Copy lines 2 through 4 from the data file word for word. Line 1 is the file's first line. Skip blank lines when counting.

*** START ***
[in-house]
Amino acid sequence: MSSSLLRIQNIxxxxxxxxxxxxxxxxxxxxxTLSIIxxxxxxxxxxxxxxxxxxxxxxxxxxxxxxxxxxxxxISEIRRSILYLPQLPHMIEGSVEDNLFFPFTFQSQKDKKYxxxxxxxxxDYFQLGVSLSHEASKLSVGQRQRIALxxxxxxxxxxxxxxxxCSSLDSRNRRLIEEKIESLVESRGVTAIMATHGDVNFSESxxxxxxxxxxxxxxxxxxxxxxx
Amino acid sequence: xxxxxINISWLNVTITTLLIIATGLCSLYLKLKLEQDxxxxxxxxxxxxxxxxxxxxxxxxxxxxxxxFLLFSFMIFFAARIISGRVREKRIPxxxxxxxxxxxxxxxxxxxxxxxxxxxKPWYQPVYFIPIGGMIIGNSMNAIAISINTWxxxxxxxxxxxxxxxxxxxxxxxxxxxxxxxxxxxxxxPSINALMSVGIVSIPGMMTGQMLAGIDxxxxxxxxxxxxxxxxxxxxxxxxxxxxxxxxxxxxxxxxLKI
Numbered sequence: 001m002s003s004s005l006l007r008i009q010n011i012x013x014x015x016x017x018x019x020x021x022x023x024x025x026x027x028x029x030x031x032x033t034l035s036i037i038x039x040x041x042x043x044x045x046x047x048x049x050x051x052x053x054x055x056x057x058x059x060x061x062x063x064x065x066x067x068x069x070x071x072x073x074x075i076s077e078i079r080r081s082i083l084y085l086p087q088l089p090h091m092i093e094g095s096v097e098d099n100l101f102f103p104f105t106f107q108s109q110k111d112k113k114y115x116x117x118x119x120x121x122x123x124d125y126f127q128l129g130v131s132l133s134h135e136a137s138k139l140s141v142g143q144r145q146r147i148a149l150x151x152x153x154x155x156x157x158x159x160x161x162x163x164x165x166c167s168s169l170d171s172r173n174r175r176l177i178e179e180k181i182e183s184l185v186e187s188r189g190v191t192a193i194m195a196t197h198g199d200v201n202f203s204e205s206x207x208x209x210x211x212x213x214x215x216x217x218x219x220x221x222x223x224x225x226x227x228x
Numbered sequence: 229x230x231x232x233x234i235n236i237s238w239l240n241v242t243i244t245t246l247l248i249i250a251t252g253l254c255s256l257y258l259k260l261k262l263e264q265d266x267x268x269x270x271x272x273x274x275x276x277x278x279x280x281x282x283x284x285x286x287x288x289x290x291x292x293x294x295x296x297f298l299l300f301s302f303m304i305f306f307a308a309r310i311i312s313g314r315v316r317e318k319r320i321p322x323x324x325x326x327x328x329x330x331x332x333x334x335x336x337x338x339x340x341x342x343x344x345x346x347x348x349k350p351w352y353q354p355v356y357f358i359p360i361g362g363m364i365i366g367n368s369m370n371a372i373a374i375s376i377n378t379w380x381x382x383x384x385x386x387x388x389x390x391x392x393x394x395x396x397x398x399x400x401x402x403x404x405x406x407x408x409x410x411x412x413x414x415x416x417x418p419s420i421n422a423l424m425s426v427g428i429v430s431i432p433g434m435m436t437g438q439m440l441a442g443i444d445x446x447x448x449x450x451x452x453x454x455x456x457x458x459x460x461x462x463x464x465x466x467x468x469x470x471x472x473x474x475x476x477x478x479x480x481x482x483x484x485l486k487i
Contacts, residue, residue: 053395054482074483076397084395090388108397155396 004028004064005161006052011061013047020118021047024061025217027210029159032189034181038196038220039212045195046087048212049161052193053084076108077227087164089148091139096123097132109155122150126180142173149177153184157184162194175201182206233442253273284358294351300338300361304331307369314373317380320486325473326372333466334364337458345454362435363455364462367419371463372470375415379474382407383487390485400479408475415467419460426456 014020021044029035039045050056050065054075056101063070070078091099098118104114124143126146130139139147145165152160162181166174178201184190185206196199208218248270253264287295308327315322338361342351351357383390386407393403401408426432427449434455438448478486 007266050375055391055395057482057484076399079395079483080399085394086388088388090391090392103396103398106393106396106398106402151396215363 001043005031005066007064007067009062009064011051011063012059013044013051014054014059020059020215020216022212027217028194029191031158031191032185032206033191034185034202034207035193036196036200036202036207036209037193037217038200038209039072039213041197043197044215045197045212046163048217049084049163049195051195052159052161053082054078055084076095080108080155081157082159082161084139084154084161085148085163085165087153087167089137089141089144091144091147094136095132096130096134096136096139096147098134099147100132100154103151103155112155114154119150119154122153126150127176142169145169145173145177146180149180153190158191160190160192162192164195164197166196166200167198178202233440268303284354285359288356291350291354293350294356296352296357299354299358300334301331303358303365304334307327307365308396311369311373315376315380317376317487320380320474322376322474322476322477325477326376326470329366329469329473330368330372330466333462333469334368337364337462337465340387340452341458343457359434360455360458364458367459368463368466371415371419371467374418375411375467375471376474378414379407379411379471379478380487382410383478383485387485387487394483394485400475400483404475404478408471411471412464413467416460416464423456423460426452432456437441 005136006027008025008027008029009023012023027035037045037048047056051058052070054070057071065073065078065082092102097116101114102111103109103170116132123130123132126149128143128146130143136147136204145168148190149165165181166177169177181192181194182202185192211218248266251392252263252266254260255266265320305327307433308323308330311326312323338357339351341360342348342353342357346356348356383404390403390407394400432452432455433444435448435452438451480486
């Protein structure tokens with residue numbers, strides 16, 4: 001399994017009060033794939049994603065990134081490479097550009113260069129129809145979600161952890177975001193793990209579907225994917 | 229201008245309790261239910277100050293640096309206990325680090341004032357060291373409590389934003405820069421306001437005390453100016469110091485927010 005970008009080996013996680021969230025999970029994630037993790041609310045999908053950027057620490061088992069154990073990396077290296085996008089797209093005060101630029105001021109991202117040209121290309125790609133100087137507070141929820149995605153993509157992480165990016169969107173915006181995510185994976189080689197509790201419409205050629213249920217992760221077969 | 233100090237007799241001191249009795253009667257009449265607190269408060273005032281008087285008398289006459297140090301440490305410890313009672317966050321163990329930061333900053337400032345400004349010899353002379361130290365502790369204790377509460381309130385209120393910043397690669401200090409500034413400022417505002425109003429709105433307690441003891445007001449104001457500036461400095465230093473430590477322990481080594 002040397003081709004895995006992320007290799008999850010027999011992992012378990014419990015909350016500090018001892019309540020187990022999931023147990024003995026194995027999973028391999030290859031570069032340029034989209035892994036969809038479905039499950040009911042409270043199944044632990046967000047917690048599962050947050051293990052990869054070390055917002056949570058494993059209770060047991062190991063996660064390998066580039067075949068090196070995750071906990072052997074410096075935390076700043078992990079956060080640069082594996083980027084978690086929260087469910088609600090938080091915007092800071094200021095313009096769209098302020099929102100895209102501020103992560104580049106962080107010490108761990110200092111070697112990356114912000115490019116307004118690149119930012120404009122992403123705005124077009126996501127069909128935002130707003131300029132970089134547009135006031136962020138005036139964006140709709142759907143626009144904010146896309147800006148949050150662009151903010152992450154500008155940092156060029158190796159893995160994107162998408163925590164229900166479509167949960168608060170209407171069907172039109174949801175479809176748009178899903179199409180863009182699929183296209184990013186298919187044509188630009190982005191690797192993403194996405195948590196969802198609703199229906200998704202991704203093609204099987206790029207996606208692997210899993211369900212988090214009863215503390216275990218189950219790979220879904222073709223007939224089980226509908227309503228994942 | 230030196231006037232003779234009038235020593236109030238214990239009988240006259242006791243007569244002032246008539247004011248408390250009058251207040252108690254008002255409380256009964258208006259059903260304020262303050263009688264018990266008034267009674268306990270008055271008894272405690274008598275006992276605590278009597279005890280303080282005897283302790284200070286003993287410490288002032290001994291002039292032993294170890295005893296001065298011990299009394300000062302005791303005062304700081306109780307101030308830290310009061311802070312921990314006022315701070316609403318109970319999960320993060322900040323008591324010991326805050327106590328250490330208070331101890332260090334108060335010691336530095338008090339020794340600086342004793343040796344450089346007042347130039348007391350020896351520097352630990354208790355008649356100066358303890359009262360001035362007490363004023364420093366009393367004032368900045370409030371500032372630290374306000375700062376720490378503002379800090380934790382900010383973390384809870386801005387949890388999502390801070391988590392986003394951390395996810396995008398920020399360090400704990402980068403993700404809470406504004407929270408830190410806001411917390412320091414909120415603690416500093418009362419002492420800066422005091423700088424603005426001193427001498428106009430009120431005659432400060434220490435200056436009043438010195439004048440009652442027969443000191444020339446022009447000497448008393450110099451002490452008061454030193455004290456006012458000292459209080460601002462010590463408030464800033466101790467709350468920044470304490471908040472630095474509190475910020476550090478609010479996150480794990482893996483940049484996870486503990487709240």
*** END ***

Amino acid sequence: MSSSLLRIQNIxxxxxxxxxxxxxxxxxxxxxTLSIIxxxxxxxxxxxxxxxxxxxxxxxxxxxxxxxxxxxxxISEIRRSILYLPQLPHMIEGSVEDNLFFPFTFQSQKDKKYxxxxxxxxxDYFQLGVSLSHEASKLSVGQRQRIALxxxxxxxxxxxxxxxxCSSLDSRNRRLIEEKIESLVESRGVTAIMATHGDVNFSESxxxxxxxxxxxxxxxxxxxxxxx
Amino acid sequence: xxxxxINISWLNVTITTLLIIATGLCSLYLKLKLEQDxxxxxxxxxxxxxxxxxxxxxxxxxxxxxxxFLLFSFMIFFAARIISGRVREKRIPxxxxxxxxxxxxxxxxxxxxxxxxxxxKPWYQPVYFIPIGGMIIGNSMNAIAISINTWxxxxxxxxxxxxxxxxxxxxxxxxxxxxxxxxxxxxxxPSINALMSVGIVSIPGMMTGQMLAGIDxxxxxxxxxxxxxxxxxxxxxxxxxxxxxxxxxxxxxxxxLKI
Numbered sequence: 001m002s003s004s005l006l007r008i009q010n011i012x013x014x015x016x017x018x019x020x021x022x023x024x025x026x027x028x029x030x031x032x033t034l035s036i037i038x039x040x041x042x043x044x045x046x047x048x049x050x051x052x053x054x055x056x057x058x059x060x061x062x063x064x065x066x067x068x069x070x071x072x073x074x075i076s077e078i079r080r081s082i083l084y085l086p087q088l089p090h091m092i093e094g095s096v097e098d099n100l101f102f103p104f105t106f107q108s109q110k111d112k113k114y115x116x117x118x119x120x121x122x123x124d125y126f127q128l129g130v131s132l133s134h135e136a137s138k139l140s141v142g143q144r145q146r147i148a149l150x151x152x153x154x155x156x157x158x159x160x161x162x163x164x165x166c167s168s169l170d171s172r173n174r175r176l177i178e179e180k181i182e183s184l185v186e187s188r189g190v191t192a193i194m195a196t197h198g199d200v201n202f203s204e205s206x207x208x209x210x211x212x213x214x215x216x217x218x219x220x221x222x223x224x225x226x227x228x